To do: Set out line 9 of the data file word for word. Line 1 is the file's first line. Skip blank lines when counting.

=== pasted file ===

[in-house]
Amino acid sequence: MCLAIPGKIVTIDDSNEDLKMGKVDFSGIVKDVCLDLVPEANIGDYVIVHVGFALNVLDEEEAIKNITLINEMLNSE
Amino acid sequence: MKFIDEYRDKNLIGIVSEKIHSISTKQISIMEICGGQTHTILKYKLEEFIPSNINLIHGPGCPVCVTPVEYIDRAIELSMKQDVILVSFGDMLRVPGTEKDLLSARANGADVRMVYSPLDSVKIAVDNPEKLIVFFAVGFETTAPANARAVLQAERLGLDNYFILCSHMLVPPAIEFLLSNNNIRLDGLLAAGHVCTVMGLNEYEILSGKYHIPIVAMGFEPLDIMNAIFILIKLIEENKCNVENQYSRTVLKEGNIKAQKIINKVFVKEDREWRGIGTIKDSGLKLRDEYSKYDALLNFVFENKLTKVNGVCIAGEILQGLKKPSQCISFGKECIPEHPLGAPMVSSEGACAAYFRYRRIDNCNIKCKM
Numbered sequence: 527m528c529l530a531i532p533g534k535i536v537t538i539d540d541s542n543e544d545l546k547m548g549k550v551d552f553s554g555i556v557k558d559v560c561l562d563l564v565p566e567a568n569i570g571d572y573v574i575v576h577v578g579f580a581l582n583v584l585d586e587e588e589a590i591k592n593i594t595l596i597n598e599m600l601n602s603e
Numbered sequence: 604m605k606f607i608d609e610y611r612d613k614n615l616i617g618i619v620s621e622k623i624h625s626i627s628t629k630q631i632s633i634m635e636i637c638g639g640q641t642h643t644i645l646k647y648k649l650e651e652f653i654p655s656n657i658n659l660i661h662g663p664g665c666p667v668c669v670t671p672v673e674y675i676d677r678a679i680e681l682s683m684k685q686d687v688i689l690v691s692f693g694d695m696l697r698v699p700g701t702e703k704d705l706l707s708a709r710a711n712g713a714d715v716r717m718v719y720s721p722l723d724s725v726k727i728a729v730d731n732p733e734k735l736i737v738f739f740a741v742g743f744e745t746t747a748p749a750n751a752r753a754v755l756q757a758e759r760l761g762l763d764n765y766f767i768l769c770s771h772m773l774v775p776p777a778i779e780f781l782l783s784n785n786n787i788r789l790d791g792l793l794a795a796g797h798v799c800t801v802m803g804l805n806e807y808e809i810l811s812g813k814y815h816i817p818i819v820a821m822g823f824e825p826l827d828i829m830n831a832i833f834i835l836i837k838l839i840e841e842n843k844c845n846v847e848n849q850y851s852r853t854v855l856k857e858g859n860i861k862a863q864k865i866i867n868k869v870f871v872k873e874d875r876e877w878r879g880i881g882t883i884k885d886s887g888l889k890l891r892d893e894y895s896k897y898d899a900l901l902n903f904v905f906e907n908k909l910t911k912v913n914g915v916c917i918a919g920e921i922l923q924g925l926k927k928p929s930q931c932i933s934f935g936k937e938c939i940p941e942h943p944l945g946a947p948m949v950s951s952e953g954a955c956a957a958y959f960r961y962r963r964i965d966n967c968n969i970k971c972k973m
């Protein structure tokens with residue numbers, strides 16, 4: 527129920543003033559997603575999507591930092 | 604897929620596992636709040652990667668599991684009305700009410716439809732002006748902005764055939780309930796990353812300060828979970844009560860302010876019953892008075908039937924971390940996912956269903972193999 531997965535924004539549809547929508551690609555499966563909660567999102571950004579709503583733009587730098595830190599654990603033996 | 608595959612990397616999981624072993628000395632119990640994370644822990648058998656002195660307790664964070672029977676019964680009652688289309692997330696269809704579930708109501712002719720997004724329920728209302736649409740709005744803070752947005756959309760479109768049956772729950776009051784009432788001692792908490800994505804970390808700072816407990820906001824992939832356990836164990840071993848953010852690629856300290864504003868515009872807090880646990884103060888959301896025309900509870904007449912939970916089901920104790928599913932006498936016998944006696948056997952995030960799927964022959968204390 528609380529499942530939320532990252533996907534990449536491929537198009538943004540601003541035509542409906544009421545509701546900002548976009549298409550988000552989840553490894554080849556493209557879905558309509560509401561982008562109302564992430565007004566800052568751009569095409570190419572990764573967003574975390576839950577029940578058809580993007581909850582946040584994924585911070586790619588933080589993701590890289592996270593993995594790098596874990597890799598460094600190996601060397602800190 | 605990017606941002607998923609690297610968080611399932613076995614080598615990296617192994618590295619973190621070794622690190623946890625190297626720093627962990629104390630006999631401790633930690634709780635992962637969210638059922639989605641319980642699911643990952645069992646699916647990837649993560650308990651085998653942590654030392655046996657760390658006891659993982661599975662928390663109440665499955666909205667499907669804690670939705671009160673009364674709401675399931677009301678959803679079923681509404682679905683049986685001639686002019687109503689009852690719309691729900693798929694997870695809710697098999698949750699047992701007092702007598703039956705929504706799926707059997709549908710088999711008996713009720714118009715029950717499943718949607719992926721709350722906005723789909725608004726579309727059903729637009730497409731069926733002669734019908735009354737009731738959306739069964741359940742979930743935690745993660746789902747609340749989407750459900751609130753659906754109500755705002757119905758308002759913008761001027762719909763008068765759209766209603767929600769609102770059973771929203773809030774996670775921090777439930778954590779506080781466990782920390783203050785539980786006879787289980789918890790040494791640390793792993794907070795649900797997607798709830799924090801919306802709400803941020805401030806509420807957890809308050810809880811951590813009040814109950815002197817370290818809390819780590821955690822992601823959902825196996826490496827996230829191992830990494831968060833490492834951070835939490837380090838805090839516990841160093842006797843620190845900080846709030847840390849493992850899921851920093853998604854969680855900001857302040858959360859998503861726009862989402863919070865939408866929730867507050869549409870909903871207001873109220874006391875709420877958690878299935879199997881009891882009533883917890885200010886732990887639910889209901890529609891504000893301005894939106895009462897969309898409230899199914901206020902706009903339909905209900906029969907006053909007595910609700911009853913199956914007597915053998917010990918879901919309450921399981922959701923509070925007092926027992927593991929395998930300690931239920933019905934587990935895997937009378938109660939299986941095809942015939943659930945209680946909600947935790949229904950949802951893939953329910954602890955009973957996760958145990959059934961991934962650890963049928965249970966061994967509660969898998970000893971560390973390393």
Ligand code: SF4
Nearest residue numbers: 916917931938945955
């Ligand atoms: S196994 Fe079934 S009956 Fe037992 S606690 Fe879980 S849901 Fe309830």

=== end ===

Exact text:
């Ligand atoms: S196994 Fe079934 S009956 Fe037992 S606690 Fe879980 S849901 Fe309830």